Oh, please. This "drown the Taliban in applesauce and pablum" approach does not reassure me as to the General's martial ardor.
Messrs. O'Toole and Barlow argue that, in fact, Gen Clark was prepared to go to war. In the entire article, we find two supporting quotes:
"Soon after September 11, without surrendering our right of self defense, we should have helped the United Nations create an International Criminal Tribunal on International Terrorism."
"Instead of cutting NATO out, we should have prosecuted the Afghan campaign with NATO, as we did in Kosovo."
Supporting the "He would have talked them to death, and then commenced boring their heirs" analysis offered by Mr. Sullivan is everything else in the article, including such howlers as:
" The United States concentrated its firepower on Taliban and al Qaeda troops, hideouts, and weapons stores--precisely the kinds of targets the Europeans were most likely to have approved."
NATO involvement would probably not have hastened our victory in Afghanistan.
"Most likely" our allies would have let us bomb al-Qaeda, but it probably would have slowed us down? Kidding?
What is missing from the entire article is any transition from talk to war. How long does the General suppose it will take to create an "International Criminal Tribunal on International Terrorism", return indictments, and negotiate with the Taliban? With winter approaching, time was not on our side in Afghanistan. Under what circumstances would he view negotiations as a failure, and what would happen next? War would be an alternative, but what about sanctions - perhaps the world community would prefer that route. We had sanctions on Iraq for twelve years - would that be too long a wait? Nowhere does the General offer a hint as to timetables, deadlines, or-elses, or what-ifs. The objective is the process, to paraphrase Mr. Sullivan.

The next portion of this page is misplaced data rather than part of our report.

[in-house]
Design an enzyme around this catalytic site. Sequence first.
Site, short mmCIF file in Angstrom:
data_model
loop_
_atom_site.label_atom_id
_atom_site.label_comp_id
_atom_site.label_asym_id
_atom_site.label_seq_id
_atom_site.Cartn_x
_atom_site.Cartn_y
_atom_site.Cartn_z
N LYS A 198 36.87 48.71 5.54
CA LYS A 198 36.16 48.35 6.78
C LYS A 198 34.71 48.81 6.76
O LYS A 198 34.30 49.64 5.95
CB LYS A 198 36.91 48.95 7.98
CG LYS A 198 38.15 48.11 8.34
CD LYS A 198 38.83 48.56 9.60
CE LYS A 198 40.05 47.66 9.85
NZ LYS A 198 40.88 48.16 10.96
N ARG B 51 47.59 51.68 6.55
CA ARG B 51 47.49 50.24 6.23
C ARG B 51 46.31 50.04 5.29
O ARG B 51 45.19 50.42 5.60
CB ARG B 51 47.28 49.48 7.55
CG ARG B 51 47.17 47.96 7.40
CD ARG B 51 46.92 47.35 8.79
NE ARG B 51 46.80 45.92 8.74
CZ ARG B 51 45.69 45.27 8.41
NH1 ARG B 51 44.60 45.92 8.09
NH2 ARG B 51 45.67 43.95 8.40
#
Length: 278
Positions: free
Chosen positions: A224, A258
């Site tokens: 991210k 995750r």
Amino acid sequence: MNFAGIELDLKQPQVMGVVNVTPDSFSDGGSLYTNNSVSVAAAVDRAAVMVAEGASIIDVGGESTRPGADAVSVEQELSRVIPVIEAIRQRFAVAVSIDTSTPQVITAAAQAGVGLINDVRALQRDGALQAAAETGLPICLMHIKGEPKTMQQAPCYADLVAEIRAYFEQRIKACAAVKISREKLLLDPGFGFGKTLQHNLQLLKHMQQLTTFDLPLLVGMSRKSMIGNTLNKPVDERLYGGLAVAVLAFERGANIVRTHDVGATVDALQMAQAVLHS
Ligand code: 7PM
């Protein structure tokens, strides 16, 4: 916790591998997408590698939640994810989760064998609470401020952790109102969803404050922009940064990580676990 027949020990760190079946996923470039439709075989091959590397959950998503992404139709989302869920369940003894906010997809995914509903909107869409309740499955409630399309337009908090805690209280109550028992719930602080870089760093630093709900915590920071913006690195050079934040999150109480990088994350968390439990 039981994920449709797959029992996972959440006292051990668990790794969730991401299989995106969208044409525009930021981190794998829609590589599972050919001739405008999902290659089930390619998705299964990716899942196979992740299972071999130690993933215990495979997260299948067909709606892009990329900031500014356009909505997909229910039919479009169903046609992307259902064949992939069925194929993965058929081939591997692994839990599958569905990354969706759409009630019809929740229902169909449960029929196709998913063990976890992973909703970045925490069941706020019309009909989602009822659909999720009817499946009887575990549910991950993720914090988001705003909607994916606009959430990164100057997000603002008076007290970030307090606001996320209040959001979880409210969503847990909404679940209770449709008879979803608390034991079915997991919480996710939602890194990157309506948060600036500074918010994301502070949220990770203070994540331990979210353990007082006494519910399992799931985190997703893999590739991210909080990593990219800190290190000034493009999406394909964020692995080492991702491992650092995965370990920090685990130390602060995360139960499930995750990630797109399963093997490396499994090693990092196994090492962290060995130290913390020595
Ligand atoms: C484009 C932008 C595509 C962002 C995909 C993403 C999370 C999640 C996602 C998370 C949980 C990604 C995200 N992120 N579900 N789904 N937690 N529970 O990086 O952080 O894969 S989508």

So, is Mr. Sullivan lying? Clark's supporter's may insist, based on two phrases from the text, that the General would just naturally have gone to war (isn't that what Generals do?). How they know that his diplomatic initiatives would fail, or the timing under which Clark would view them as a failure, is a mystery to me.
MORE: Probably ought to call Slate liars, too. Their excerpt completely misses the bit cited by the two critics.
Now, this article was published in September 2002. Let me give an alternative approach to diplomacy, articulated slightly later in September 2002:
We should have gone to the U.N. Security Council. We should have asked for a resolution to allow the inspectors back in with no pre-conditions. And then we should have given them a deadline saying "If you don't do this, say, within 60 days, we will reserve our right as Americans to defend ourselves and we will go into Iraq."
That was Howard Dean, BTW, describing an approach to Iraq. Eventually Bush adopted the "Dean Approach", and asked the UN for a resolution with deadlines and consequences. The rest is history.